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Covariant Return Types Mock from www.cafe4java.com

 
Ranch Hand
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class SuperCafe4Java {
public Object get (Object o) {
return ("SuperCafe4Java");
}
}

class SubCafe4Java extends SuperCafe4Java {
public Object get (String o) {
return ("SubCafe4Java");
}
}

class TestCafe4Java {
public static void main (String[] arguments) {
SuperCafe4Java superFoo;
SubCafe4Java subFoo;

superFoo = new SubCafe4Java();
System.out.println (superFoo.get("super"));

subFoo = new SubCafe4Java();
superFoo = subFoo;
System.out.println (superFoo.get("super"));
}
}

Can someone explain why "SuperCafe4Java" gets printed twice and not "SubCafe4Java"? I understand that the GET method is overloaded and not overriden here, but it still doesn't explain why "SuperCafe4Java" gets printed rather than "SubCafe4Java".
 
Greenhorn
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In case of overriding, always check object type
and in case of overloading, always check reference type
[ June 17, 2007: Message edited by: Shubha Kirani ]
 
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Hello Ranchers

i think second scenario was obvious , in the first case you are calling the inherited method on SUB-Class reference with the SUPERCLASS Reference, though it's not displayed in the program but actually it's running meaning it's calling the inherited method of the SUB-Class.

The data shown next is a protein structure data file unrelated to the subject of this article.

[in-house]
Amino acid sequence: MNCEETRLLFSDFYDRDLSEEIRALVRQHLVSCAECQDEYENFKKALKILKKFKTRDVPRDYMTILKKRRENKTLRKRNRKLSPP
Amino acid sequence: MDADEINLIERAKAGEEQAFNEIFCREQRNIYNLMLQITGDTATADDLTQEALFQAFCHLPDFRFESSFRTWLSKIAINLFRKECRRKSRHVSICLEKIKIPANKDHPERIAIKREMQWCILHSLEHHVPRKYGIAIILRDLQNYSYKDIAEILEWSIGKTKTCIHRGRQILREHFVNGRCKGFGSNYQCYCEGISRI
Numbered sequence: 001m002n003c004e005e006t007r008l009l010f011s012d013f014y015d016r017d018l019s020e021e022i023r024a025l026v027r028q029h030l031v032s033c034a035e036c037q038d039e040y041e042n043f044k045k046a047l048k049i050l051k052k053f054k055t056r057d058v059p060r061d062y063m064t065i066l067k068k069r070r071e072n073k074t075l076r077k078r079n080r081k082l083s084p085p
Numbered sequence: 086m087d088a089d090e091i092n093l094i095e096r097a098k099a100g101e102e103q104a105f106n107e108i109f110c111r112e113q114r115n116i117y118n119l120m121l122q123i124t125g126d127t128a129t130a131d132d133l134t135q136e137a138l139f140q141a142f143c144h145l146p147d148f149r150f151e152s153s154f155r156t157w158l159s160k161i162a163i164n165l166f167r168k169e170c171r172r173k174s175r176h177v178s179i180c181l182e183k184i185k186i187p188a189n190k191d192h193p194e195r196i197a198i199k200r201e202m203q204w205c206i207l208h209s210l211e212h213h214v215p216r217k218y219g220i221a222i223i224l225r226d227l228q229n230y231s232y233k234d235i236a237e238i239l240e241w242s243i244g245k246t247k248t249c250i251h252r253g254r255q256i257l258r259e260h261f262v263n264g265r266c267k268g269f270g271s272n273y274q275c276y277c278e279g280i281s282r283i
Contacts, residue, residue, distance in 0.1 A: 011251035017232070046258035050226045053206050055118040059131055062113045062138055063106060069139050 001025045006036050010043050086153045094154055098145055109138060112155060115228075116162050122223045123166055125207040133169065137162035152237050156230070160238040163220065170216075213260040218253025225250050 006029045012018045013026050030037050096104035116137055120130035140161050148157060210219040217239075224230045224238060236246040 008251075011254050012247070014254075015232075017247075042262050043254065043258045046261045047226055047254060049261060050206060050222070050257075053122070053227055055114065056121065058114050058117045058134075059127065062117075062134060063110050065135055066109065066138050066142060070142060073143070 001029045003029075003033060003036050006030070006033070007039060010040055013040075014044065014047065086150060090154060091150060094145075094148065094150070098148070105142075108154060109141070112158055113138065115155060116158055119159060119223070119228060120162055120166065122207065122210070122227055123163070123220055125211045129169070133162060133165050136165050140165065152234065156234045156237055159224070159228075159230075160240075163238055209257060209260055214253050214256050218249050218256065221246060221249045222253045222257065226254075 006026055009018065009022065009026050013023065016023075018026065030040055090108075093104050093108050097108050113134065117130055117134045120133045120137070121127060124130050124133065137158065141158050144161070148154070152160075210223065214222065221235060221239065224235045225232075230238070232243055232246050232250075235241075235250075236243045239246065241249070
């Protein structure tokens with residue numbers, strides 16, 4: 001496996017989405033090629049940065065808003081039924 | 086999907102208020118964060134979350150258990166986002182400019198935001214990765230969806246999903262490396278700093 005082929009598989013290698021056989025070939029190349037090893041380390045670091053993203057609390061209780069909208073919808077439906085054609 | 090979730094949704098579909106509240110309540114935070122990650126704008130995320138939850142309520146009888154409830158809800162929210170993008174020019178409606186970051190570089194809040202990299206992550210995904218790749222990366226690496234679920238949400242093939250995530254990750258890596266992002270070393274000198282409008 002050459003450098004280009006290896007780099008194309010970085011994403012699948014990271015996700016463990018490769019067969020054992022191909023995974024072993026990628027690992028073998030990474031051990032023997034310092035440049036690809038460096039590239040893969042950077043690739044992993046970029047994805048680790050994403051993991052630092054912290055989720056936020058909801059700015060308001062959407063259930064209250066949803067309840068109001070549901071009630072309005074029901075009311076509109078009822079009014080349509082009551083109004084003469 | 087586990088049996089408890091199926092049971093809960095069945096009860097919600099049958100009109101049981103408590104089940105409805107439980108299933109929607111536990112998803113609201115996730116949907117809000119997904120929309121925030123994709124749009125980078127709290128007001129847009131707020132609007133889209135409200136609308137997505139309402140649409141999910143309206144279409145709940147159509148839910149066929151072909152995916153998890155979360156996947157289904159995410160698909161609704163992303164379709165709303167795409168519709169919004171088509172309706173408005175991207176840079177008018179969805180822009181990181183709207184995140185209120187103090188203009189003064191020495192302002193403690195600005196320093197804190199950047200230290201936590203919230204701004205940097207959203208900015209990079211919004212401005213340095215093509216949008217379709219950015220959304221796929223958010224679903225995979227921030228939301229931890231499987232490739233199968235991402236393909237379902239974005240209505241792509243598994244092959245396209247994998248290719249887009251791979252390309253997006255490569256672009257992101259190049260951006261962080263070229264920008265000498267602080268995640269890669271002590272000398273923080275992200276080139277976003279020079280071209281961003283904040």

- thank you
 
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Originally posted by Shubha Kirani:
In case of overriding, always check object type
and in case of overloading, always check reference type



It is making no sense to me.

It would check the visibility of the method through the object type and invoke the method through the object reference. Get back, if not clear.

However, you can check it by running the program after removing the method from parent and then from child. It wouldn't compile even, and you need make some amendments in your main method. Check out the compiler complains, play with it a little.
 
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Hi Kram,
You are right ! They are overloaded methods....
Overloading is compile time polymorphism....So compiler will place the call at compile time only....
Method are called on object refference only(exception is overridind)....So both times you are calling methods on SuperCafe4Java superFoo refference....So both the times SuperCafe4Java 's get() version will be called

Regards
Swapnil
 
Kram Nart
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It's clearer now that I've had a chance to play with the code a little bit. The superFoo reference doesn't have access to any of SubCafe4Java's methods at all, including the "public Object get(String o)" at compile time. Polymorphism only kicks in when the methods are overridden.

Thanks everyone.
 
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